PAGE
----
Compounds of Class I include: straight or branched chain alkanes such as, for example, hexane, octane, decane, dodecane, tetradecane, hexadecane, octadecane, 2,2,6,6,9,9-hexamethyldodecane, eicosane, or triacontane; alkenes such as, for example, heptene, octene, or octadecene; substituted aromatic compounds such as, for example, octylbenzene, nonylbenzene, dodecylbenzene, or 1,1,3,3-tetramethylbutylbenzene; haloalkanes such as, for example, heptyl chloride, octyl chloride, 1,1,1-trichlorohexane, hexyl bromide, 1,11-dibromoundecane, and halogenated alkyl aromatic compounds such as, for example, p-chlorohexylbenzene and the like.
Compounds of Class II include: decanol, undecanol, dodecanol, hexadecanol, stearyl alcohol, oleyl alcohol, eicosanol, di-t-amyl phenol, p-dodecylphenol, and the like; lauric acid, tetradecanoic acid, stearic acid, oleic acid, and the like; methyldodecylether, dihexyl ether, phenoxytoluene, and phenyldodecyl ether; and the like.
Compounds of Class III include: methyl laurate, butyl laurate, methyl oleate, butyl oleate, methyl stearate, isopropyl palmitate, isopropyl stearate, tributyl citrate, acetyl tributyl citrate, 3-(4-hydroxy-3,5-di-t-butylphenyl)propionic octadecyl ester (commercially available under the trademark Irganox 1076), 2-ethylhexyl-p-hydroxylbenzoate, phenethyl benzoate, dibutyl phthalate, dioctyl phthalate, dioctyl terephthalate, bis(2-ethylhexyl) phthalate, butyl benzyl phthalate, diphenyl phthalate, dibutyl sebacate, didecyl succinate, and bis(2-ethylhexyl) azelate and the like.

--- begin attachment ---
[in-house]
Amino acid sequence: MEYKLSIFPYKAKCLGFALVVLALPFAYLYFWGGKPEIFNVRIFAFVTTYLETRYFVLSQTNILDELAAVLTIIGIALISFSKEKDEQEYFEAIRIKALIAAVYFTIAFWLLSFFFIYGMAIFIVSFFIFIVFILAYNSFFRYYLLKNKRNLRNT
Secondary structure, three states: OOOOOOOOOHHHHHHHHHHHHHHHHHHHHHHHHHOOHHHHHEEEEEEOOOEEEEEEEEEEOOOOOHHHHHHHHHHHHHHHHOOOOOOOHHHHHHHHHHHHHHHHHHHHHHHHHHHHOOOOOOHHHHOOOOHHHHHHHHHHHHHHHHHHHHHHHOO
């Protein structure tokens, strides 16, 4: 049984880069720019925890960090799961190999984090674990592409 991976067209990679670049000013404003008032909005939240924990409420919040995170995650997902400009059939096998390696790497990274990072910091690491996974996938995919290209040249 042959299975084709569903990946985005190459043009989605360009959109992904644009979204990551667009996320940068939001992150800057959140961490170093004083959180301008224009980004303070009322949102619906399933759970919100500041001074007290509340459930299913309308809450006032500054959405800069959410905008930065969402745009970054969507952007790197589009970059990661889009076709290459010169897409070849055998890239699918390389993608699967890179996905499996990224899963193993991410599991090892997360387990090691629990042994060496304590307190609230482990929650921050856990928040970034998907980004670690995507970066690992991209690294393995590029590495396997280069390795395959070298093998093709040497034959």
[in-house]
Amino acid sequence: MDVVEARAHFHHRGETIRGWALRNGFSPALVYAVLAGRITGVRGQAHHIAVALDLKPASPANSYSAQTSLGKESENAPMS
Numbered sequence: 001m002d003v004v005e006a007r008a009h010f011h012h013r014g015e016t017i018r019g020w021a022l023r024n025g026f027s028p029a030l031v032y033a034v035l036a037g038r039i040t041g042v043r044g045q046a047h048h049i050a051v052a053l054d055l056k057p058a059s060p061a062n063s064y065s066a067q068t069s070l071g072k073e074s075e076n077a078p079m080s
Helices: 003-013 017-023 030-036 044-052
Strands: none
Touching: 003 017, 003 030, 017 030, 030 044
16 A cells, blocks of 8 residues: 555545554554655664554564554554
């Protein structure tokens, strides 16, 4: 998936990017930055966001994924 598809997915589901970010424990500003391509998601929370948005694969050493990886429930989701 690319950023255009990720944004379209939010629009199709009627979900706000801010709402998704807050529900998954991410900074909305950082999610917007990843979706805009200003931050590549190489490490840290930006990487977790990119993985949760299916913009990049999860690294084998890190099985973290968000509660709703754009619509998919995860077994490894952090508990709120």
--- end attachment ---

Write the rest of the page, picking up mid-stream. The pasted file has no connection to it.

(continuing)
Compounds of Class IV include: lauramide, N-methyllauramide, N,N-dimethyllauramide, N,N-dibutyllauramide, N-decyl-N-methylacetamide, and N-oleylphthalimide and the like.